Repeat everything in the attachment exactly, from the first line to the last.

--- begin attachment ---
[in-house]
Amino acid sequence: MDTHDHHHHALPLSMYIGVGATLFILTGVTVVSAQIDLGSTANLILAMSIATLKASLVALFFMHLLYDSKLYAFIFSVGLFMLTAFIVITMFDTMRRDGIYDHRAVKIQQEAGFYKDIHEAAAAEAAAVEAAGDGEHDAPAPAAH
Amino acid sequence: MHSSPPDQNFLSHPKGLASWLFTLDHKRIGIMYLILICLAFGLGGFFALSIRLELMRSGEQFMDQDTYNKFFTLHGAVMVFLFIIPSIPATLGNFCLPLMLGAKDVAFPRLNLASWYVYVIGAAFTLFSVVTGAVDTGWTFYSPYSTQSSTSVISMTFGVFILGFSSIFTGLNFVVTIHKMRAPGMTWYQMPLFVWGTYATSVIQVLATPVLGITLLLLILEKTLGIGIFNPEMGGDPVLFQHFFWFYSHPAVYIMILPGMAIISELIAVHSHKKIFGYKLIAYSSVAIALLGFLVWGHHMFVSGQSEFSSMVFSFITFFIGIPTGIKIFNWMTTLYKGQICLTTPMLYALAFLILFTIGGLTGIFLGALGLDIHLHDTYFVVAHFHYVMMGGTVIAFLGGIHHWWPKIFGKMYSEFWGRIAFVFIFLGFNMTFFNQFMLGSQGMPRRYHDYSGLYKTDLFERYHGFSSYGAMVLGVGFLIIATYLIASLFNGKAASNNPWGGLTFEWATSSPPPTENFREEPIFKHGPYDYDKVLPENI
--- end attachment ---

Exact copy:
[in-house]
Amino acid sequence: MDTHDHHHHALPLSMYIGVGATLFILTGVTVVSAQIDLGSTANLILAMSIATLKASLVALFFMHLLYDSKLYAFIFSVGLFMLTAFIVITMFDTMRRDGIYDHRAVKIQQEAGFYKDIHEAAAAEAAAVEAAGDGEHDAPAPAAH
Amino acid sequence: MHSSPPDQNFLSHPKGLASWLFTLDHKRIGIMYLILICLAFGLGGFFALSIRLELMRSGEQFMDQDTYNKFFTLHGAVMVFLFIIPSIPATLGNFCLPLMLGAKDVAFPRLNLASWYVYVIGAAFTLFSVVTGAVDTGWTFYSPYSTQSSTSVISMTFGVFILGFSSIFTGLNFVVTIHKMRAPGMTWYQMPLFVWGTYATSVIQVLATPVLGITLLLLILEKTLGIGIFNPEMGGDPVLFQHFFWFYSHPAVYIMILPGMAIISELIAVHSHKKIFGYKLIAYSSVAIALLGFLVWGHHMFVSGQSEFSSMVFSFITFFIGIPTGIKIFNWMTTLYKGQICLTTPMLYALAFLILFTIGGLTGIFLGALGLDIHLHDTYFVVAHFHYVMMGGTVIAFLGGIHHWWPKIFGKMYSEFWGRIAFVFIFLGFNMTFFNQFMLGSQGMPRRYHDYSGLYKTDLFERYHGFSSYGAMVLGVGFLIIATYLIASLFNGKAASNNPWGGLTFEWATSSPPPTENFREEPIFKHGPYDYDKVLPENI